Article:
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Sunday
Jan012012

Image of the Day, January 1, 2012

By Donna Poulton

An ice cream party, 1902. Credit: Photographing Montana 1894-1928, The Life and Work of Evelyn Cameron In 1889, Evelyn Cameron left the gentrified home of her parents in England to follow her husband, Ewen, to the desolate prairieland of eastern Montana. When their initial venture of raising polo ponies in Montana failed, Evelyn turned to glass-plate photography to help support the family. Over the next 30 years she photographed life and work on the ranch and that of their neighbors. Her compelling views of domestic work, wildlife (especially coyotes, wolves and birds), and ranching came with the familiarity of having done much of the same work herself. 

"Evelyn kneading a panful of dough in her kitchen, August 1904. Anxious to give her nieces in England a glimpse of the day-to-day life she led in Montana, she made up an album of photographs including several portraits of herself at work." - Donna M. Lucey. Credit: Photographing Montana 1894-1928, The Life and Work of Evelyn Cameron.At age twenty-five Cameron wrote in her diary…”I wish I could lead a life worthy to look back upon.” Fearless, self-assured and determined Cameron left a legacy of images that equals any work being done at that time and a personal history unrivaled by most western fiction.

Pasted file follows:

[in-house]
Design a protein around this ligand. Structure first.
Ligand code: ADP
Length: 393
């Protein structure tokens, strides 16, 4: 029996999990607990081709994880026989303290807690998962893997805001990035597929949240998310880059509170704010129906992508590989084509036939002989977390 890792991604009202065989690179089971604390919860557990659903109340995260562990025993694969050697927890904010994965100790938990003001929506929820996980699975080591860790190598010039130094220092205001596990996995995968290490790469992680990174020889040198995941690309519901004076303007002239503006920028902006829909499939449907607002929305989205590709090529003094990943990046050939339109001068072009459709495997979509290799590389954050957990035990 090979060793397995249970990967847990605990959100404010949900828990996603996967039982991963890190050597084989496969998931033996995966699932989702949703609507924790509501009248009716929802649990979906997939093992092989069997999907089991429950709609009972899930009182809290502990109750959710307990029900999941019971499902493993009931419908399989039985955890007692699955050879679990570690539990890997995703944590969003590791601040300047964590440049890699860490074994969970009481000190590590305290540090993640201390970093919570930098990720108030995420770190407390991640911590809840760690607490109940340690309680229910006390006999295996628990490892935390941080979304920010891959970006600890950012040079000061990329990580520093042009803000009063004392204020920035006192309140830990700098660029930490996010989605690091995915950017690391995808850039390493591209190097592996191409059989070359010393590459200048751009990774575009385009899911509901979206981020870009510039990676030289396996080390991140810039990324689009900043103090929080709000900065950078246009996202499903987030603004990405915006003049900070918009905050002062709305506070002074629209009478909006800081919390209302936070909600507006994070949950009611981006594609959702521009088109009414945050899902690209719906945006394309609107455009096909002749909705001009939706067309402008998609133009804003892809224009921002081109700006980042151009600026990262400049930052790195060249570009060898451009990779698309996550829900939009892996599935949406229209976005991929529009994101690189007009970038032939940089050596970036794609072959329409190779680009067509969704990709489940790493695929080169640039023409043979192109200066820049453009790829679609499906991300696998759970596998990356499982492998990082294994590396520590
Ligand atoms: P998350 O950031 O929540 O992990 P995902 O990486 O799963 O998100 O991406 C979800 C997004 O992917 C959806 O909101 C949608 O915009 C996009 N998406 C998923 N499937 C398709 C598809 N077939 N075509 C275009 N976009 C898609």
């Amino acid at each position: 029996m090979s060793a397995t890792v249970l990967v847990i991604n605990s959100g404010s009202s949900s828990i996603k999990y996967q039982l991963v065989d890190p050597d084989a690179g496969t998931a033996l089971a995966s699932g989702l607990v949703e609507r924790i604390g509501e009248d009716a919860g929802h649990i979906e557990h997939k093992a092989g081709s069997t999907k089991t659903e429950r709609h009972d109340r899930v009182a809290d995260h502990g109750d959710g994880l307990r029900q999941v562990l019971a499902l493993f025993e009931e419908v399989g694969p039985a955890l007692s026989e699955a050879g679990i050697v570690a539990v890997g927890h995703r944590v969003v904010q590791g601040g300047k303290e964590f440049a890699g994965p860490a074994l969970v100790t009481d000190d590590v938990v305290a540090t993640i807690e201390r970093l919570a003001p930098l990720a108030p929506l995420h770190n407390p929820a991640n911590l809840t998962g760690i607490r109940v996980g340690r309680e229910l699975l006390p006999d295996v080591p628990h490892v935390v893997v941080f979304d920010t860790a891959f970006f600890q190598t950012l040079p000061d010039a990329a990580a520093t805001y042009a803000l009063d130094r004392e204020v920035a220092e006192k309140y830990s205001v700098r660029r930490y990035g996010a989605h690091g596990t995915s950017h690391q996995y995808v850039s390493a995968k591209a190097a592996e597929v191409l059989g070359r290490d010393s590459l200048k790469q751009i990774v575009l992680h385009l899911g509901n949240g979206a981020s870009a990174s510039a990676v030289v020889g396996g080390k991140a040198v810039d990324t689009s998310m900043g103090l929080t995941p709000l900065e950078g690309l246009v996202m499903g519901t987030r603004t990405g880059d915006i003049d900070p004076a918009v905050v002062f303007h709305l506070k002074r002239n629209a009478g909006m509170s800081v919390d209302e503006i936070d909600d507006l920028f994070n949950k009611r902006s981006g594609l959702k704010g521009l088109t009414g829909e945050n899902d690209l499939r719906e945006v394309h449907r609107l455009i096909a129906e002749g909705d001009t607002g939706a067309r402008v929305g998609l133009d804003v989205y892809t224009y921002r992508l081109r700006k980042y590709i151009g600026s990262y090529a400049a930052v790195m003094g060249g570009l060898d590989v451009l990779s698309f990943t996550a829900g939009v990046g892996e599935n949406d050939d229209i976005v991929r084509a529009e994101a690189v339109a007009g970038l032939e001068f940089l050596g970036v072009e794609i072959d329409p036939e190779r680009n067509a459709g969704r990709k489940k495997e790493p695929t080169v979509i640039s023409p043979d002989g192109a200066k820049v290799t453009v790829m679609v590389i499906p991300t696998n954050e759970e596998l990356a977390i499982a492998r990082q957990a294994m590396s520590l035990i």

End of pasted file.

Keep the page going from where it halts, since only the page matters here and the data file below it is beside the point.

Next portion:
"Evelyn on a petrified tree in the badlands displaying a copy of "The Bystander" magazine, which was conducting a contest for photographs of the magazine being read in the most unusual locations. She clambered out 'as far as I dared,' across the 72-foot-long natural bridge, hampered by her skirt, which kept snagging on the rock. The photograph was published in the British magazine." -- Donna M. Lucey. Credit: Photographing Montana 1894-1928, The Life and Work of Evelyn Cameron.Equally compelling is the story of Donna M. Lucey who tenaciously researched the story of Evelyn Cameron. After following a rumor about a cache of pioneer photography, Lucey traveled to eastern Montana in 1979. There she found over 2000 glass-plate negatives and all of Evelyn’s journals and letters in the fervent care of Janet Williams who had inherited the ranch when Evelyn died in 1928. With Cameron’s life’s work intact, Lucey wrote Photographing Montana 1894-1928, The Life and Work of Evelyn Cameron.

Credit: Photographing Montana 1894-1928, The Life and Work of Evelyn Cameron.

 

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